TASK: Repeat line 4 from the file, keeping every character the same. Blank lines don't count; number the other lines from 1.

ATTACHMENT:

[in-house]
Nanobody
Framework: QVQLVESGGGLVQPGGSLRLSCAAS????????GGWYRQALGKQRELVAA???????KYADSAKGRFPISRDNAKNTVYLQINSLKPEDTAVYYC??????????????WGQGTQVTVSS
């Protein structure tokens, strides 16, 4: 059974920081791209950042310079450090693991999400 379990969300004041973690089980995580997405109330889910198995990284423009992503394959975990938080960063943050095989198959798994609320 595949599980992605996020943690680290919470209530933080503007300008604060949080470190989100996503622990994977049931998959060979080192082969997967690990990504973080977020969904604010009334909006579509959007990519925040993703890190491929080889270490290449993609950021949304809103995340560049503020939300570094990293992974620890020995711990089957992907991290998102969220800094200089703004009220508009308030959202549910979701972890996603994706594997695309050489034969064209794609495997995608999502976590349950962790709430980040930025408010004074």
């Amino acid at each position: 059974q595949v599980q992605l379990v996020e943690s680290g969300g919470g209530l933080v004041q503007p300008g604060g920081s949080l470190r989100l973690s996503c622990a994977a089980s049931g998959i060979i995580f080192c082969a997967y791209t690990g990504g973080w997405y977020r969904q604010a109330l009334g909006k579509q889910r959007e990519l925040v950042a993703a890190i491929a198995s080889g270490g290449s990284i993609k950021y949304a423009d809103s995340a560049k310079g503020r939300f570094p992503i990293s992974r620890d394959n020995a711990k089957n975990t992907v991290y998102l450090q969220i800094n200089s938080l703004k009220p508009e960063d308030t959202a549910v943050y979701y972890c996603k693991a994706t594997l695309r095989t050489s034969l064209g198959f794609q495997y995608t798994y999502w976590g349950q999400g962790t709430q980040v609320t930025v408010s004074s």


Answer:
């Protein structure tokens, strides 16, 4: 059974920081791209950042310079450090693991999400 379990969300004041973690089980995580997405109330889910198995990284423009992503394959975990938080960063943050095989198959798994609320 595949599980992605996020943690680290919470209530933080503007300008604060949080470190989100996503622990994977049931998959060979080192082969997967690990990504973080977020969904604010009334909006579509959007990519925040993703890190491929080889270490290449993609950021949304809103995340560049503020939300570094990293992974620890020995711990089957992907991290998102969220800094200089703004009220508009308030959202549910979701972890996603994706594997695309050489034969064209794609495997995608999502976590349950962790709430980040930025408010004074």